Good nutrition is important for eye health and general health. A balanced diet including fruits, vegetables, nuts and fish provides essential nutrients that support good eye function.
Carrots may be the food best known for helping your eyes, but eating your way to good eyesight isn't only about beta-carotene.
Adding certain antioxidants to your diet can improve your eye health
A variety of foods contain antioxidants which can help maintain and improve your vision.
Researchers have linked eye-friendly nutrients, such as lutein and zeaxanthin, vitamin C, vitamin E and zinc, to reducing the risk of certain eye conditions.
Below is a list of the antioxidants, their properties and the foods that contain them to help you eat for better eye health.
Seeds, fruit and seed oils
Vitamin E is important for the retina, the layer of tissue inside the eye that collects light and enables you to see.
Fresh fruit and vegetables
Long-term consumption of vitamin C as part of a healthy diet has been shown to contribute to cataract prevention.
Seafood, meat, nuts and beans
In the eye, high doses of zinc, in combination with other antioxidants, have been found to significantly reduce the risk of developing advanced macular degeneration (MD). While not a cure or a means of repairing damage from MD, zinc may work to slow its progression.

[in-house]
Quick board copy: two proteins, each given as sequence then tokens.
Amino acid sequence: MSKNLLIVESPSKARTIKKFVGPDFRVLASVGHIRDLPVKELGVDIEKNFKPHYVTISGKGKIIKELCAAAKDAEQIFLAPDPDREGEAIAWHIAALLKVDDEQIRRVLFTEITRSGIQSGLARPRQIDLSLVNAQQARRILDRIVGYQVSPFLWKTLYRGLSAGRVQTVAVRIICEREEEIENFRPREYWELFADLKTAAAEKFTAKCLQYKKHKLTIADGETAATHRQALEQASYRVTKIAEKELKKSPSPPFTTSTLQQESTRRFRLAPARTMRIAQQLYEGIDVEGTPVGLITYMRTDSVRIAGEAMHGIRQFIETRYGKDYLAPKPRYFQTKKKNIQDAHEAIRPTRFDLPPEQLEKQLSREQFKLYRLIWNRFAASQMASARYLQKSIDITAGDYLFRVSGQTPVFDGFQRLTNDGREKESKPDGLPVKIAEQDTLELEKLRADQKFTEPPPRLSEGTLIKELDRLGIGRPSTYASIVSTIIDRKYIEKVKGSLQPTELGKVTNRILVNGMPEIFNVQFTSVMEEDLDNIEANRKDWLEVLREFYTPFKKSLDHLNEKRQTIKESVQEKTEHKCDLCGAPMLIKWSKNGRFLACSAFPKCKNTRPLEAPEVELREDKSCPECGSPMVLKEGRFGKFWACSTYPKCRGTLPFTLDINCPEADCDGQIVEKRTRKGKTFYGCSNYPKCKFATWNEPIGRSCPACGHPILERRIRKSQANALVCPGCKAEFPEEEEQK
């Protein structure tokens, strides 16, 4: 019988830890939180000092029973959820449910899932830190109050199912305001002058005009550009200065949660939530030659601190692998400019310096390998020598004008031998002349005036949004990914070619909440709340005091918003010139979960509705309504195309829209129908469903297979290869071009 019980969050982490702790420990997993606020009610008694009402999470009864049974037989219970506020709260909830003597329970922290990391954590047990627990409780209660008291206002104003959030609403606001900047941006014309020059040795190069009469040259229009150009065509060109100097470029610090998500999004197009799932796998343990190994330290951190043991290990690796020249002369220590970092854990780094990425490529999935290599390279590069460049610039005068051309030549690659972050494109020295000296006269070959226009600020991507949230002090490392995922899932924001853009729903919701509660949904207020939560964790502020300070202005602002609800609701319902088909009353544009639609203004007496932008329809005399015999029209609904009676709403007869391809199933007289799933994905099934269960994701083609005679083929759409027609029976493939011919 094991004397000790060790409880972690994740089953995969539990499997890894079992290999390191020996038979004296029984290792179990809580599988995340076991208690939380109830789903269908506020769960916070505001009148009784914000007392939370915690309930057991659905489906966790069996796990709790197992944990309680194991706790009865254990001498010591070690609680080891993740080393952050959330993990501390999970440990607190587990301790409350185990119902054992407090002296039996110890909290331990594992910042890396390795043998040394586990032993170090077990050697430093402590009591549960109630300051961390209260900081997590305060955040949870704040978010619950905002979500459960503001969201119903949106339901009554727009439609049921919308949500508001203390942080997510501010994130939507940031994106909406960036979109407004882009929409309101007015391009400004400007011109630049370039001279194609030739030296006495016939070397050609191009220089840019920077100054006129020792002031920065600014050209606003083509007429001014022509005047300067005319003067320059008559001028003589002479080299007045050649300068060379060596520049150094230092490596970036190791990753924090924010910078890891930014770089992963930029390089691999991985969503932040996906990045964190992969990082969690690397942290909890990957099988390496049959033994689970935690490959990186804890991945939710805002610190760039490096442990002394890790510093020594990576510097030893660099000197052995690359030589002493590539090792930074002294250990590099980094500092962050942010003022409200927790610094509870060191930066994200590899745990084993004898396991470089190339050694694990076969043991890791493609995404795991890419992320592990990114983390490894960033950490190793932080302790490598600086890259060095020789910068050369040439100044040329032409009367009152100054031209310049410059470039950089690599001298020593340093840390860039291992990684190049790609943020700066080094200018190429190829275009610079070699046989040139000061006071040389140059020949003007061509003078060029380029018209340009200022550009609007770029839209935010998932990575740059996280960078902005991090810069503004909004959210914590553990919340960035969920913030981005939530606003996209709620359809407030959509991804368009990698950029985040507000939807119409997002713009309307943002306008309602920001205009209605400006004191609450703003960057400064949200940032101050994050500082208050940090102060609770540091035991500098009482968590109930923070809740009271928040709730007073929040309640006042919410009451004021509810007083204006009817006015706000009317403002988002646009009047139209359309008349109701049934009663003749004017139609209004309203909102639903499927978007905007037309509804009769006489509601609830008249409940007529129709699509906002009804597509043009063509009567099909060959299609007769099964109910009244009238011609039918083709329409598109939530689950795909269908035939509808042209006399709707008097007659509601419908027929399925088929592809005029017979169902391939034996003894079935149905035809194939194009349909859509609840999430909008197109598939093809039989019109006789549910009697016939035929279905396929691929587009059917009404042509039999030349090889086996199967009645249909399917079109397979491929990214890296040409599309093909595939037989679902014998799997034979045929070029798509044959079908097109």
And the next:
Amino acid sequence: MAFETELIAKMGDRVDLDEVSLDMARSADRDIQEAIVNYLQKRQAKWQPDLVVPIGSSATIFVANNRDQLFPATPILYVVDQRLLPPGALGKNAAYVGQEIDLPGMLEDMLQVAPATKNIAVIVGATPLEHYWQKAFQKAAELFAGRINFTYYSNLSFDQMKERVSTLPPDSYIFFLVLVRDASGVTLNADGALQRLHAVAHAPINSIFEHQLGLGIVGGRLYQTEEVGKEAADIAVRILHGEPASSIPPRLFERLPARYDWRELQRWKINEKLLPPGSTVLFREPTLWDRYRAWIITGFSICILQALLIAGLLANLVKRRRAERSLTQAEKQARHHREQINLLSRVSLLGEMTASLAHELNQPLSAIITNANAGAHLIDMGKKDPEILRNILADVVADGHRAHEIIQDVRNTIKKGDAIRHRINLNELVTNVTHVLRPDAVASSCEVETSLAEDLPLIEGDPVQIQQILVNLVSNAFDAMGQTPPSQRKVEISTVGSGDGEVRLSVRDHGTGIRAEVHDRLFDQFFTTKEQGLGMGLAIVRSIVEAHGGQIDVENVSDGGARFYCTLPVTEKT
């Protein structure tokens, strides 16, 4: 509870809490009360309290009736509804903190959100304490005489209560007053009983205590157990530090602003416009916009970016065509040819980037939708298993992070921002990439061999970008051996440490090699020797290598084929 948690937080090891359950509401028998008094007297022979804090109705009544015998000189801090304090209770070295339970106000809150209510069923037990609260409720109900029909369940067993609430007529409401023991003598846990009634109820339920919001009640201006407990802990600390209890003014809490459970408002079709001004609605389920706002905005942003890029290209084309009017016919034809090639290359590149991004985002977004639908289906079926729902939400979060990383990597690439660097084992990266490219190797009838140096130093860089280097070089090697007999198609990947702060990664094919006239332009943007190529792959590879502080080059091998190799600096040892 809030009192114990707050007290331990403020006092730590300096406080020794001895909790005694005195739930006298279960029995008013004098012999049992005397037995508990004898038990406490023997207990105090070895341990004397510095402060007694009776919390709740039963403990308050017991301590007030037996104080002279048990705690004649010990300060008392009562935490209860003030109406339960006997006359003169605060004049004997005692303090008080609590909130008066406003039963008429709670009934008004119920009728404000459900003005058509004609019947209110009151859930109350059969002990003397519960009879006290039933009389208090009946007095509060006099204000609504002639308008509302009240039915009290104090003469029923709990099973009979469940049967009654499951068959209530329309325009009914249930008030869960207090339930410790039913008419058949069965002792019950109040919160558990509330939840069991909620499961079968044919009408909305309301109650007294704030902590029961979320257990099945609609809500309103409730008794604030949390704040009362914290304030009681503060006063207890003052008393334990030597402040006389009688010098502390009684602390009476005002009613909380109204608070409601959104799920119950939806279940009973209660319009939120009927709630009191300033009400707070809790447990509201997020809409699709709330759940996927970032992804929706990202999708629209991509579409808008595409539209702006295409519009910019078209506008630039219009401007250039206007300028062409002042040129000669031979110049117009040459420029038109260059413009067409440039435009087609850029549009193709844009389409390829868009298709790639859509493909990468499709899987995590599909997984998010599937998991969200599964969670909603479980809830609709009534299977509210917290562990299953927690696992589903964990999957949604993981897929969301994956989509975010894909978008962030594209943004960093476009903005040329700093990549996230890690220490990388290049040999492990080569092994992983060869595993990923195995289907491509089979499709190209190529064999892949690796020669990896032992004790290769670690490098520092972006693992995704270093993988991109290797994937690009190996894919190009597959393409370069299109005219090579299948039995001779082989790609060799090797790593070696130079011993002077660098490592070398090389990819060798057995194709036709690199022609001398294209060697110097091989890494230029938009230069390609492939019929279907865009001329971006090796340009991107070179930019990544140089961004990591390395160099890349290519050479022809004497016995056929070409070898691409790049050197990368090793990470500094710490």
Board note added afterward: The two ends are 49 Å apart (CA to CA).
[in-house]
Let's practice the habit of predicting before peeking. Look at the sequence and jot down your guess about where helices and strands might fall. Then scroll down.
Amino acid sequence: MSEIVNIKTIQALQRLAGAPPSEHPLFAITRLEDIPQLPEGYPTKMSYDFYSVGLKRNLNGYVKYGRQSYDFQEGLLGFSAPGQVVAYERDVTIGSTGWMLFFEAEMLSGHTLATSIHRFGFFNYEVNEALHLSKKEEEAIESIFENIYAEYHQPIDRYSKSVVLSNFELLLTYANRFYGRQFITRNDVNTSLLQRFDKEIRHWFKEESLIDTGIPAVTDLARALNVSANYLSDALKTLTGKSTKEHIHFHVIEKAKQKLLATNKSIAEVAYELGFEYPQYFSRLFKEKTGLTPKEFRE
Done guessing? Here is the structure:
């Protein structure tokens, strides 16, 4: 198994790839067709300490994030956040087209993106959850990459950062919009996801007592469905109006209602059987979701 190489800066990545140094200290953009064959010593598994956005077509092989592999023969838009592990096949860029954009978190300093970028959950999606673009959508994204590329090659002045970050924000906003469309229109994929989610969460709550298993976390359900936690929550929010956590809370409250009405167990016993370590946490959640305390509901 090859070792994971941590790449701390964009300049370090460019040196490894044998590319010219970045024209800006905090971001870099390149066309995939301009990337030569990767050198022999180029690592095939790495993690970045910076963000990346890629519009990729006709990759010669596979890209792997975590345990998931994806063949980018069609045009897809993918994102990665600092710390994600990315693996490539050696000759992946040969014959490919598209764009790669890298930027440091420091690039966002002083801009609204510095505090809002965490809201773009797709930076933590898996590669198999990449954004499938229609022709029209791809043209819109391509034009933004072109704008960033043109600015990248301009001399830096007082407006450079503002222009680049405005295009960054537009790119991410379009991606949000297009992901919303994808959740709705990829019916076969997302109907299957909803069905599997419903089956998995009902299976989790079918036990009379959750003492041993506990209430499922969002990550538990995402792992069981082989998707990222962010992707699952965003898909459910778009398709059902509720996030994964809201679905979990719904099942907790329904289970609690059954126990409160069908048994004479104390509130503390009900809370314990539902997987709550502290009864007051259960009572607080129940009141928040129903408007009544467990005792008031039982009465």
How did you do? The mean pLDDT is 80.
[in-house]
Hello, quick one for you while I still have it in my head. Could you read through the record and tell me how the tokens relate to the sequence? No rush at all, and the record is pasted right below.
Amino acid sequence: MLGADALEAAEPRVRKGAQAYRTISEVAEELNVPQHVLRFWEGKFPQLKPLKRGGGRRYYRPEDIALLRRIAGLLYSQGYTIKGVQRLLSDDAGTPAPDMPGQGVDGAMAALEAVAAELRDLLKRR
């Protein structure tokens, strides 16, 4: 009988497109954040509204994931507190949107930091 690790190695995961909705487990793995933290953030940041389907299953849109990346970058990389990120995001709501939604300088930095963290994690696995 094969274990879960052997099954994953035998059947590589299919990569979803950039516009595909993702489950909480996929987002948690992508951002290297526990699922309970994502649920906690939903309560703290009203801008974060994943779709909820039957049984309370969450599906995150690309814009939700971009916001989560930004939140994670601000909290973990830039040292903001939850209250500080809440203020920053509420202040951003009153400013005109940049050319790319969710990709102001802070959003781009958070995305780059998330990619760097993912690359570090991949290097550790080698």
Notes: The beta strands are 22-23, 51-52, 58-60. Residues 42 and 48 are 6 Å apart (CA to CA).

Lutein and zeaxanthin
Corn, spinach, cabbage, oranges, celery and red peppers
These antioxidants play crucial roles in maintaining the health of the eyes, helping to filter out harmful blue light and reduce hazardous free radicals in the macula. They may help in the prevention of cataracts.
Fish, brazil nuts and bread
This trace mineral is important for the proper function of the retina.
Fish, meat, grains and peanuts
This antioxidant has been found to stimulate the immune system and may be beneficial for people with diabetes.
Asparagus, avocado, walnuts, garlic, eggs, onion and watermelon
Animal studies have shown glutathione to be an effective anti-cataract agent and it may help to reduce eye pressure in glaucoma patients.
Yeast, red meat, potatoes and spinach
Promising animal studies have shown that it may help to reduce the incidence of cataracts.